Image courtesy of Stephanie Pollard. The image is from Stephanie’s 13th birthday party, which doubled as a goodbye party for heading to Canada, 2002.
By Stephanie Pollard
When my family and I immigrated to Canada from Jamaica in 2003, my mother worried about how we would celebrate our first Christmas in our new home. All we knew – including aunts, uncles, and our two grandmothers, would be 3,028 miles away. Fortunately, we had each other, and my mother found a Filipino grocery store that also sold Jamaican ingredients for Christmas cake and ham. My mother made our first Christmas in Oshawa feel a bit more like home.
Fast-forward 15 years (and two Jamaican grocery stores), the Robert McLaughlin Gallery asked residents what feels like home, and to send pictures of those reminders. Alongside those reminders will be the Thomas Bouckley collection, 4,000 photographs of what his Oshawa looked like over 100 years ago. Curator Sonya Jones explained the project came from the idea of seeing art being created from a point of view en masse, part curiosity and part professional ethos.
“Community engagement is a huge curatorial philosophy for me…in the past when I had done similar projects, I’ve asked viewers to respond to pieces like the Thomas Bouckley collection, or works from (the gallery’s) permanent art collection…this time, I’m going to be responding to what the community does by exploring this really beautiful idea of home, and how it can be so many things (to many people), I like the idea that home and community can be merged into one,” Jones said. While sorting through the submissions Jones found a few threads that keep home and community together: candid shots of family, pictures of food, views from a special place, a favourite room in the house, even images of places traveled to, all highlight the need to belong safely. Such a need, even in the form of a community art piece, isn’t exclusive to a specific group of people.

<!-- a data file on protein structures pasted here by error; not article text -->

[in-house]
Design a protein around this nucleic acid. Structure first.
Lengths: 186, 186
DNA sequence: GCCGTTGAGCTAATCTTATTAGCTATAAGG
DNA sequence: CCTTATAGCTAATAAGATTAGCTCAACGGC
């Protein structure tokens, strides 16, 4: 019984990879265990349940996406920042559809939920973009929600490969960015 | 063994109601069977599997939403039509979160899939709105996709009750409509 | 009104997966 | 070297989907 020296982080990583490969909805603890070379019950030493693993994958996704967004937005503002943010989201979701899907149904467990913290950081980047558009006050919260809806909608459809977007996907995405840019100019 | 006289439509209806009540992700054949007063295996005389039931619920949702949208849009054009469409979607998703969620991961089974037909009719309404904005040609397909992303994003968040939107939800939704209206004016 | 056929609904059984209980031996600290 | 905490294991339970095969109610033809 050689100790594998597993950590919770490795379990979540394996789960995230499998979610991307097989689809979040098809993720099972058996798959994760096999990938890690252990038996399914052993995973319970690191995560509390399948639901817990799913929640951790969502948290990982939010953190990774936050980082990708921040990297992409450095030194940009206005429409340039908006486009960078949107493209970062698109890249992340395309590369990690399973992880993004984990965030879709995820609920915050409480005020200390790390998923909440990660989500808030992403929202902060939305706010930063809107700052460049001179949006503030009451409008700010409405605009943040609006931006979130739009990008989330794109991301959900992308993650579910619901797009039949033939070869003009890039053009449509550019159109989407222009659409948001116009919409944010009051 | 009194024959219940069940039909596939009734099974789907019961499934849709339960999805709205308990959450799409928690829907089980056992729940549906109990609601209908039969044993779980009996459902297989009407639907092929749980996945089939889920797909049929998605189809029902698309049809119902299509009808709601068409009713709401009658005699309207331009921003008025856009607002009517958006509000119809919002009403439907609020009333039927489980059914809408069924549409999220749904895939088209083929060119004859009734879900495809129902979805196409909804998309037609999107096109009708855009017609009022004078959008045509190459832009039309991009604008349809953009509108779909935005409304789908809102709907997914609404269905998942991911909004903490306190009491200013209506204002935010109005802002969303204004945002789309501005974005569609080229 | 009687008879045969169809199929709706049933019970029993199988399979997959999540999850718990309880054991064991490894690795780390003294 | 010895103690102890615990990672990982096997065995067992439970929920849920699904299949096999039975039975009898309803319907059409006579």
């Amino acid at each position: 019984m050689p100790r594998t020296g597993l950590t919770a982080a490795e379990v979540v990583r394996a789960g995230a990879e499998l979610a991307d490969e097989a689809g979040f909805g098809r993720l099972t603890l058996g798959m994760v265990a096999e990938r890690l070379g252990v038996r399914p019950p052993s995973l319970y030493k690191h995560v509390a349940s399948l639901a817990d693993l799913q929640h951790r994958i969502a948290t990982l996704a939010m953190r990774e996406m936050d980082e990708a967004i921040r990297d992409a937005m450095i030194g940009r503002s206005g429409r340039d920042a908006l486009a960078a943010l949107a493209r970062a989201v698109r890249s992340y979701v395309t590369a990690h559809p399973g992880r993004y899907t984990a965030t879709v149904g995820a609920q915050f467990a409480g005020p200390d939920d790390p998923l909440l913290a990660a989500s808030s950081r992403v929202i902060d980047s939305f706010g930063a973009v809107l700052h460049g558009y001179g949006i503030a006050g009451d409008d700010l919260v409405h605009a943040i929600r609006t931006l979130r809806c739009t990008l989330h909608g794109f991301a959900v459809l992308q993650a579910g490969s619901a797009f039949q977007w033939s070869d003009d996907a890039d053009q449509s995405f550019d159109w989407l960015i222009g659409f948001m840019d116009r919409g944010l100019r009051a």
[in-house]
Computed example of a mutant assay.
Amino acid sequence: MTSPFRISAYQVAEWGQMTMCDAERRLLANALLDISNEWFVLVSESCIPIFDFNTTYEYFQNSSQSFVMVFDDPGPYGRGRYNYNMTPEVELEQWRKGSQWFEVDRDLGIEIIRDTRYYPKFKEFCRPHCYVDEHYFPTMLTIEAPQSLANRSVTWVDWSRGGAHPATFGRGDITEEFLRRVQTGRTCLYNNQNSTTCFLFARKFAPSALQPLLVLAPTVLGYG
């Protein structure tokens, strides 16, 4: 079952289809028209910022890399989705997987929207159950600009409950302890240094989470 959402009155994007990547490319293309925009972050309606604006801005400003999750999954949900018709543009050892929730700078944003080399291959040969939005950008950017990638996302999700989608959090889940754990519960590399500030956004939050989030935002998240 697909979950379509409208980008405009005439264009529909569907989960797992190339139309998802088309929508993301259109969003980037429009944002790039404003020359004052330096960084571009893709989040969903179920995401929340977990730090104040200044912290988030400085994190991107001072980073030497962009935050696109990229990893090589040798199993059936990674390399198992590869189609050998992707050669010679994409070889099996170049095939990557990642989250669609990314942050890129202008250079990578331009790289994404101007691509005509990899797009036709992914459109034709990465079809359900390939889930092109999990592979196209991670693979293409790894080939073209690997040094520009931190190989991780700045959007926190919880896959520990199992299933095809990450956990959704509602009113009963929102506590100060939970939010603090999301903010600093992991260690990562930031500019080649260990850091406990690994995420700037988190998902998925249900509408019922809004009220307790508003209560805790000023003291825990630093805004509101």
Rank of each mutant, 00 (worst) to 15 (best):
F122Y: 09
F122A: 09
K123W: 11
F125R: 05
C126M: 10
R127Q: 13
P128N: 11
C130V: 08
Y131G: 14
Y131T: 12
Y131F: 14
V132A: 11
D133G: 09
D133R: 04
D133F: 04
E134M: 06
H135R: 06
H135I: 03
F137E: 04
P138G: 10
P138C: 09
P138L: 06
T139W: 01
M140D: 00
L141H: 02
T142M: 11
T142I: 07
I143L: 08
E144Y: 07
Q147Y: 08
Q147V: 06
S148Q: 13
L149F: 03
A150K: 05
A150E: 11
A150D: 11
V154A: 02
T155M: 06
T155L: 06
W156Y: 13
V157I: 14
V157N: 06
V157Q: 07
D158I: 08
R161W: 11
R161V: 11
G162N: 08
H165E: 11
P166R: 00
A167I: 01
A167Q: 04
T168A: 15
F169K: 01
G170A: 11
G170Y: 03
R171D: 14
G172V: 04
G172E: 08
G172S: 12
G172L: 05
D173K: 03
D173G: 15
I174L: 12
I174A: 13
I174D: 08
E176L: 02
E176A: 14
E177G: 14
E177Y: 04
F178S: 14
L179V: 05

“…Usually with the historical photographs, I get a lot of response from seniors – the demographic who tend to be really passionate about history… but I’m also getting young people, people all across the map in terms of demographic and that has been a happy surprise,” Jones said.
Chances are, some those images are coming from people who are going through the process of making Oshawa their home, and other images from those who spent time navigating worlds away from home. The feelings behind the circumstances are one in the same – we all long for belonging, regardless of what it took to arrive, or return. And a community that feels like home takes us all in stride: one moment, one day, one image at a time.
#FeelsLikeHome will be on display at the RMG until August 26, 2018. Click here to learn more about #FeelsLikeHome and submit your images.